As the well is drilled, a fluid matrix, commonly referred to as drilling mud, is constantly circulated through the well bore for controlling reservoir pressures encountered in the well and for carrying cuttings and debris produced by the cutting tool 36 out of the well for disposal on the surface. In order to effect such circulation, the drilling fluid is usually pumped from the surface of the well downwardly through the drilling pipe 34 and through ports in the cutting tool 36 at the bottom of the drill string 34 and then flows back upwardly through the annulus of the well bore 38 around the outside of the drill pipe 34 back to the surface again. On the surface, the drilling fluid is run over a series of screens, called shakers, which separate the cuttings and debris from the drilling fluid for disposal.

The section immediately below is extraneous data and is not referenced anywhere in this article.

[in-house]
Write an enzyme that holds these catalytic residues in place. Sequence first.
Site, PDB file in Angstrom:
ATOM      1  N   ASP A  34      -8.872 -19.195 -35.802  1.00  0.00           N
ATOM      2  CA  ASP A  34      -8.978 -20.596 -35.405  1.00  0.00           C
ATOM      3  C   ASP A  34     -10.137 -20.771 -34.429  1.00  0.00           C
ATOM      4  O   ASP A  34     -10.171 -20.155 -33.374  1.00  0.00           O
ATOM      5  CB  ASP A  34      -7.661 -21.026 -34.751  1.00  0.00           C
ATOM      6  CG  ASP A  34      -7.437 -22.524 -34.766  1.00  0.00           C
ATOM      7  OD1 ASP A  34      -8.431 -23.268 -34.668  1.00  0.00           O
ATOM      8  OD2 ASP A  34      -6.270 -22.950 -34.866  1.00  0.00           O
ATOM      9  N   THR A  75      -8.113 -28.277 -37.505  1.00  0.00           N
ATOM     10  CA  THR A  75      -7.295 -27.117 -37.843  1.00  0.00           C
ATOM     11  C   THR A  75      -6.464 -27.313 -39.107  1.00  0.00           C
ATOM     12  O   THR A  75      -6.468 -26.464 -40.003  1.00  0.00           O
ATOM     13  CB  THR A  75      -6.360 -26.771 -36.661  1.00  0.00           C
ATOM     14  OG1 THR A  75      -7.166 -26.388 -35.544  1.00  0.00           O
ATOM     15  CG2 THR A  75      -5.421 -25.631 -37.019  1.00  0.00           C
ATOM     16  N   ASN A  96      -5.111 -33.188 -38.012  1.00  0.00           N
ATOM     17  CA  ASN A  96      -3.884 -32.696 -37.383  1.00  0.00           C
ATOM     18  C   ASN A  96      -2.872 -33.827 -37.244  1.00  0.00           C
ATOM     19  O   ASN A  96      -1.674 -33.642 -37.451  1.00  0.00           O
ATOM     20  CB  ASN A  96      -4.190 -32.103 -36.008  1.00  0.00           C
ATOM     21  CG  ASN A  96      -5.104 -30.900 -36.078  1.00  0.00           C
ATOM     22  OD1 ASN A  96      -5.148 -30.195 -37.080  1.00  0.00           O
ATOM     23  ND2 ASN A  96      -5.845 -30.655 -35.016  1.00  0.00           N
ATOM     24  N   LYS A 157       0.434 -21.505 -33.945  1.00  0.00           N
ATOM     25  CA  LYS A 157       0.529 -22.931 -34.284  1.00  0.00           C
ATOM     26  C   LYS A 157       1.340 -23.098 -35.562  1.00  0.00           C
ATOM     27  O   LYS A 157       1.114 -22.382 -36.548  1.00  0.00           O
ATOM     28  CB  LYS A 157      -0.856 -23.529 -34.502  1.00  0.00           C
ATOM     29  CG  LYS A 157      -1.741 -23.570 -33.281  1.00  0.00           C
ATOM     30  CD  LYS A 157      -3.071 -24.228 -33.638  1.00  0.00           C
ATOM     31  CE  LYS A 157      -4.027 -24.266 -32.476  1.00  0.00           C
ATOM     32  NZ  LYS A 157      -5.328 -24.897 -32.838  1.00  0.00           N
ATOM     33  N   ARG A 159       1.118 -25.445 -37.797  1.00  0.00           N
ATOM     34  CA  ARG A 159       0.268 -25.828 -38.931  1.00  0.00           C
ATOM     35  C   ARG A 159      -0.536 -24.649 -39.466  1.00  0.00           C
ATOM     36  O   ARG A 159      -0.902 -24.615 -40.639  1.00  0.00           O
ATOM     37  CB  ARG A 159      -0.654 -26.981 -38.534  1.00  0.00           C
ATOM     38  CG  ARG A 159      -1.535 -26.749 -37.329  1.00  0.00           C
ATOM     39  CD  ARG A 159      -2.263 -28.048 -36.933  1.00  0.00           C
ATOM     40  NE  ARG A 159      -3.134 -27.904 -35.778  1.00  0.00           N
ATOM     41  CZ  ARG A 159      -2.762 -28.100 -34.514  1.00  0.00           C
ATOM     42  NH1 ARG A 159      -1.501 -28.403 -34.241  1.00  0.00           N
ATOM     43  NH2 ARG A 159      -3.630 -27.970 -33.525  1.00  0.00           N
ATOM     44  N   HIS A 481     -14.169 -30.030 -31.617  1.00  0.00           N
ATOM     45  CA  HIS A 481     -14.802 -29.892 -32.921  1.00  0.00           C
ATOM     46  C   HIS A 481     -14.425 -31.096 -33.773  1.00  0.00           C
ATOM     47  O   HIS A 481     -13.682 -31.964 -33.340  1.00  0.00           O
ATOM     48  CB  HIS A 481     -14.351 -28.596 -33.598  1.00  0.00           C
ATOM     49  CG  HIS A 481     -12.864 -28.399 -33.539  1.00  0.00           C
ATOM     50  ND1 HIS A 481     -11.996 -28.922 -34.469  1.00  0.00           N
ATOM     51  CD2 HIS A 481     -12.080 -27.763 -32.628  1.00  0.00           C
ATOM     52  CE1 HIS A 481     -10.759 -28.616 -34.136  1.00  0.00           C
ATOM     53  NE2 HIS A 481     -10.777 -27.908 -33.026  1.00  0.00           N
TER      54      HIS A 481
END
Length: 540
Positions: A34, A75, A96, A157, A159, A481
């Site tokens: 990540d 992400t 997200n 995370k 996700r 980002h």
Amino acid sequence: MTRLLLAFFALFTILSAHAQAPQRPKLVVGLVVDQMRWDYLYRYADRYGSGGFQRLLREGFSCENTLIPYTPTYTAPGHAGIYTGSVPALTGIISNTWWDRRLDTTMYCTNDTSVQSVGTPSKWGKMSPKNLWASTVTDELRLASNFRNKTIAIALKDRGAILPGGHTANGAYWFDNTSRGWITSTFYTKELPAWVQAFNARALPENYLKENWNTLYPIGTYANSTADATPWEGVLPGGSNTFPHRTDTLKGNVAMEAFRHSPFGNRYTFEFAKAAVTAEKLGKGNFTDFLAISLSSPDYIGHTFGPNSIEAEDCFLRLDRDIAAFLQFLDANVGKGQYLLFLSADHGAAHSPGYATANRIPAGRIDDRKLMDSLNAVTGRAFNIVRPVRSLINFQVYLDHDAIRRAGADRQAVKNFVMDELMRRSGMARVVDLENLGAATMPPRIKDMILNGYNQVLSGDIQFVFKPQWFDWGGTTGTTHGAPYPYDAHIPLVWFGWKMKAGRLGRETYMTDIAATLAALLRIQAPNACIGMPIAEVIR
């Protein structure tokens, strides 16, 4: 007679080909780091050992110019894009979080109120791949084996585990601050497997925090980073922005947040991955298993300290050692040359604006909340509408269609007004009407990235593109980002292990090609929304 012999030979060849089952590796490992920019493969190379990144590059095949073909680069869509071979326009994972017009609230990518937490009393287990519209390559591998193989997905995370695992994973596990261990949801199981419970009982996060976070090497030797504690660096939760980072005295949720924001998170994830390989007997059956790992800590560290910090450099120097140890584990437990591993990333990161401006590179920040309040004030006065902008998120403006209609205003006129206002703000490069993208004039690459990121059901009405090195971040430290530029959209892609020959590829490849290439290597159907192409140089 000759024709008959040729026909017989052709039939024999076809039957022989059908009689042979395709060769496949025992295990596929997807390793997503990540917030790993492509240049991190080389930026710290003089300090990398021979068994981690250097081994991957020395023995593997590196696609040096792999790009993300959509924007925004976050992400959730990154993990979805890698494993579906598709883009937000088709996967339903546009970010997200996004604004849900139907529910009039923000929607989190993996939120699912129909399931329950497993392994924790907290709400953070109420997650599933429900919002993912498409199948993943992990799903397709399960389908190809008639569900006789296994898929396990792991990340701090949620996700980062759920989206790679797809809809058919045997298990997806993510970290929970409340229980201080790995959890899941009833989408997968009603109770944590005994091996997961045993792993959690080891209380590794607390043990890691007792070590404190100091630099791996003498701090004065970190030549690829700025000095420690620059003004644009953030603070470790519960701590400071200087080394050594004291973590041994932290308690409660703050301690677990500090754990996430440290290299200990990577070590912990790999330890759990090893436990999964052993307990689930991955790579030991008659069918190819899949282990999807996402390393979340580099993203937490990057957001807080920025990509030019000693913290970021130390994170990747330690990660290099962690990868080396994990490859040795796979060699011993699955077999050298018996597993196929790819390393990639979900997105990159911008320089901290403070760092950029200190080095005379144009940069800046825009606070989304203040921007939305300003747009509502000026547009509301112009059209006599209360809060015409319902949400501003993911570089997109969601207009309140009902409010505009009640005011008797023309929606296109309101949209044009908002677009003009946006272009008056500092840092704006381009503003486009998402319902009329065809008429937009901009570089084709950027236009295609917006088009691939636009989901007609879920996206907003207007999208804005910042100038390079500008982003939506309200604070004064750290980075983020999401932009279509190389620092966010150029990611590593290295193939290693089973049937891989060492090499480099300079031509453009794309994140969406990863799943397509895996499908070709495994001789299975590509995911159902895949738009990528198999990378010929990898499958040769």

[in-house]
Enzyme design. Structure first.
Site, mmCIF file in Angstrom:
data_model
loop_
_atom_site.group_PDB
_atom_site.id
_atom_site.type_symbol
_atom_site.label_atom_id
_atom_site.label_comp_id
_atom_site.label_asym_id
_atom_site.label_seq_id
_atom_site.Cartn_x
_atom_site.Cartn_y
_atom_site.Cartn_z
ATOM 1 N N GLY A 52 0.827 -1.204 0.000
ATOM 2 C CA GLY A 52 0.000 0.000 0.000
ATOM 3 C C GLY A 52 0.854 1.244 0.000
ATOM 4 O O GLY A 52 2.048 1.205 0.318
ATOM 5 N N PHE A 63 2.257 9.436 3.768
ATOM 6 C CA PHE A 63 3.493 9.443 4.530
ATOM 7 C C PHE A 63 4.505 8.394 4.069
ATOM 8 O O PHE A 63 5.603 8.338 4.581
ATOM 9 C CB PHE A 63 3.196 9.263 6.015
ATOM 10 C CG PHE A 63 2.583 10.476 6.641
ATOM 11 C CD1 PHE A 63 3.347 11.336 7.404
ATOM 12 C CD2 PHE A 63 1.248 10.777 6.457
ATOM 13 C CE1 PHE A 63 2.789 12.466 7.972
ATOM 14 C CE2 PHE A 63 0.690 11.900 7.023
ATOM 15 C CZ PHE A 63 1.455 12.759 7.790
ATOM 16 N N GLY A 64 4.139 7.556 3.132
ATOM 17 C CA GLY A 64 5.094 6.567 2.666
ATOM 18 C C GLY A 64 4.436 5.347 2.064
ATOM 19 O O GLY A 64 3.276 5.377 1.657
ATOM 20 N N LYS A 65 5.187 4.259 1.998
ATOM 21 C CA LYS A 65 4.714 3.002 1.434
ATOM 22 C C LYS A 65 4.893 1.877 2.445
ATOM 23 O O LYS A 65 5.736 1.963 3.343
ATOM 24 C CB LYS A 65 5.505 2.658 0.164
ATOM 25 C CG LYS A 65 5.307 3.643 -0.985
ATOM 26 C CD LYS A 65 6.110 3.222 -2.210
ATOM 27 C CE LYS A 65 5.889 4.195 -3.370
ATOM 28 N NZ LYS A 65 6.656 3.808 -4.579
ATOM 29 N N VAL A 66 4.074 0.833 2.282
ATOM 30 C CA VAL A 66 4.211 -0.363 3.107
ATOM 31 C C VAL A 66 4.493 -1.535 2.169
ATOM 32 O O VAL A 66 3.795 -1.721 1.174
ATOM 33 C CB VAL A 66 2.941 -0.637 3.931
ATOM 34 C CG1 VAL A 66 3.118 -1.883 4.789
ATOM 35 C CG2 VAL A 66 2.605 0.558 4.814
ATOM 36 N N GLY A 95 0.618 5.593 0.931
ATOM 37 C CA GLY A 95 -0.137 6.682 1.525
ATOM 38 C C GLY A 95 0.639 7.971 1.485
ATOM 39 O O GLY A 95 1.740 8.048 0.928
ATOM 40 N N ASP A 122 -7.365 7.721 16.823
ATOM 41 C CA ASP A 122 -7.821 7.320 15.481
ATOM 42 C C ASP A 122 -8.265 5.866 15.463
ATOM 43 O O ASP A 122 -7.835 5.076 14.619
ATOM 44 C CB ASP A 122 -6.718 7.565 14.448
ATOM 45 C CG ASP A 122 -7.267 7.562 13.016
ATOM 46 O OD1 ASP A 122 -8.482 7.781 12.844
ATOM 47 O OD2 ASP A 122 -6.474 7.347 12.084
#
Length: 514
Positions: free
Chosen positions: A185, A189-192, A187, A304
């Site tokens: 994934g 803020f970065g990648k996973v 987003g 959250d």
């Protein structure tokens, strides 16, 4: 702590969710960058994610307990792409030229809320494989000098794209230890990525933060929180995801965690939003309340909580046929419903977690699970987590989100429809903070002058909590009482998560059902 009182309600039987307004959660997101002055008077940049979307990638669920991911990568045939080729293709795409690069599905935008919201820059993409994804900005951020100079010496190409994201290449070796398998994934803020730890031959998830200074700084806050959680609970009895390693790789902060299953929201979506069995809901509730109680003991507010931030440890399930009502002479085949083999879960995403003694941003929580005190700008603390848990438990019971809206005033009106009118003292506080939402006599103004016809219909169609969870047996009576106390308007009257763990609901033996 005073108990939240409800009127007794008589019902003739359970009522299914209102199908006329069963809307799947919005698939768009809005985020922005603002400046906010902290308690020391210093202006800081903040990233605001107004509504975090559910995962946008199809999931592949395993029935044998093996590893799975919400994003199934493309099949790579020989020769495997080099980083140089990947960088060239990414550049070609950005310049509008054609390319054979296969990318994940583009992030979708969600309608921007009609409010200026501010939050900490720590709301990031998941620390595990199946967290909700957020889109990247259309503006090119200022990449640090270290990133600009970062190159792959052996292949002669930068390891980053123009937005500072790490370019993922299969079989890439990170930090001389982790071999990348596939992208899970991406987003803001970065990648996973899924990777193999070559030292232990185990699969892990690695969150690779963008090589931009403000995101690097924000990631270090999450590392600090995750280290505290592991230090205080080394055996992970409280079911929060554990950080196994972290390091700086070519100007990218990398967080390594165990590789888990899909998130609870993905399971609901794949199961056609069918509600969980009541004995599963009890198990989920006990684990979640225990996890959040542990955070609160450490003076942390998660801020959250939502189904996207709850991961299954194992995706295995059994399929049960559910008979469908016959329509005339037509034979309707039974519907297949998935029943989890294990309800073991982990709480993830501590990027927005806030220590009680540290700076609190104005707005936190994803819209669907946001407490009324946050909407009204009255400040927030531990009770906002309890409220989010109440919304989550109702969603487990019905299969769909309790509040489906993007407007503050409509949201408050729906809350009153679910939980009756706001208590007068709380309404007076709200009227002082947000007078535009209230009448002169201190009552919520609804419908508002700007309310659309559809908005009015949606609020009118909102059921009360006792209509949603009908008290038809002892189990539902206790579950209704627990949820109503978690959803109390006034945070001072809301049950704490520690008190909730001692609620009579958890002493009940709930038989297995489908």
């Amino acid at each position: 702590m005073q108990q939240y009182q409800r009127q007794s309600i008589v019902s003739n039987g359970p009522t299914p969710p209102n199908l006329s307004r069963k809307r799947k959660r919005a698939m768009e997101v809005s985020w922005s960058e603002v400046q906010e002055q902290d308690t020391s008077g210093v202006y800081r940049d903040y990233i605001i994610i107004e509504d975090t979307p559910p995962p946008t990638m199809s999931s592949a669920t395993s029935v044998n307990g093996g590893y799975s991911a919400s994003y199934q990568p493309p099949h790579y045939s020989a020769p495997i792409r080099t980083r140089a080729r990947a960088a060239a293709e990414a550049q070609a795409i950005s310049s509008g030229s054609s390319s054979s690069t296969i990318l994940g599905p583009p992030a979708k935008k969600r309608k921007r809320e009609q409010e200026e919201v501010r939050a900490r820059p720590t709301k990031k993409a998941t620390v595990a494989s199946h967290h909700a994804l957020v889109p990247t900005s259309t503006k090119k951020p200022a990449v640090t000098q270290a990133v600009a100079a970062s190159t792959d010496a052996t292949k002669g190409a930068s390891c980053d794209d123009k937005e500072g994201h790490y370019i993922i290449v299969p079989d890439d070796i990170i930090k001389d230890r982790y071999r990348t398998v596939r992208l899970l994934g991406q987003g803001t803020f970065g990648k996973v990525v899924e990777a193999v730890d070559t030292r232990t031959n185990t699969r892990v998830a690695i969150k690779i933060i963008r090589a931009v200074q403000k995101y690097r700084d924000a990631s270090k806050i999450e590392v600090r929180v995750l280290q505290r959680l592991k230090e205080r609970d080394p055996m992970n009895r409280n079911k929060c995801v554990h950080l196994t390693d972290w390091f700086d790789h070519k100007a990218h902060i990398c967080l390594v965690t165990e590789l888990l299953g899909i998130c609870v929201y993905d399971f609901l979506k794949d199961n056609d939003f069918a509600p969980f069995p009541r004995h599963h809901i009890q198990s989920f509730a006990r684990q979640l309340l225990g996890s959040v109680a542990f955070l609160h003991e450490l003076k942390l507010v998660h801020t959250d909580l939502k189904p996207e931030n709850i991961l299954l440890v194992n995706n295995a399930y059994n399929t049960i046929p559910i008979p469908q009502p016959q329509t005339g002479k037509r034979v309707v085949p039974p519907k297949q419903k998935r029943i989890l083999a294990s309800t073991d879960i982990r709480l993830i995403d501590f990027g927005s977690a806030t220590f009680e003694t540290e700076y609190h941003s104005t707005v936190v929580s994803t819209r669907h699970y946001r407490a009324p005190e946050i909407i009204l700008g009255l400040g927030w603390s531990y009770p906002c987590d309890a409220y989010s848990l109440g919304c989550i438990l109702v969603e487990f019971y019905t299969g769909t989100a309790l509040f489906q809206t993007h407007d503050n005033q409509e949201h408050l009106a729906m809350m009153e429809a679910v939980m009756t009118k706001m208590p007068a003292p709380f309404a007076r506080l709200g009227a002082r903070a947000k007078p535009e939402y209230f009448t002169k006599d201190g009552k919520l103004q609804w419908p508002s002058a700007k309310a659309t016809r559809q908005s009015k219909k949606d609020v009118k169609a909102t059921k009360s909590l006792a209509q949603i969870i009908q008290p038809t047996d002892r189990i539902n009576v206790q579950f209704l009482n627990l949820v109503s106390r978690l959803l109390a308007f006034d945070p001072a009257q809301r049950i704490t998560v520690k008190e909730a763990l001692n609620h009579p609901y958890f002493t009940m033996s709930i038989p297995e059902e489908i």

It is usually preferable to use a salt water base for the drilling fluid matrix because native clay particles which often exist in oil and gas producing formations are not as susceptible to swelling, expansion, or flocculation in salt water as in a fresh water. Also, in many oil producing areas, it is not uncommon to encounter one or more layers of salt above the oil bearing formation. If the water base of the drilling fluid matrix is not fully saturated with salt or other minerals, such salt layers or formations will be dissolved by the drilling fluid resulting in large caverns being washed out around the well bore. Such washouts or caverns in these salt layers make it virtually impossible to satisfactorily cement the casing around the well bore in a manner which will protect the well bore from collapse. Therefore, a salt water based drilling fluid is much more desirable in most circumstances than a fresh water based drilling fluid.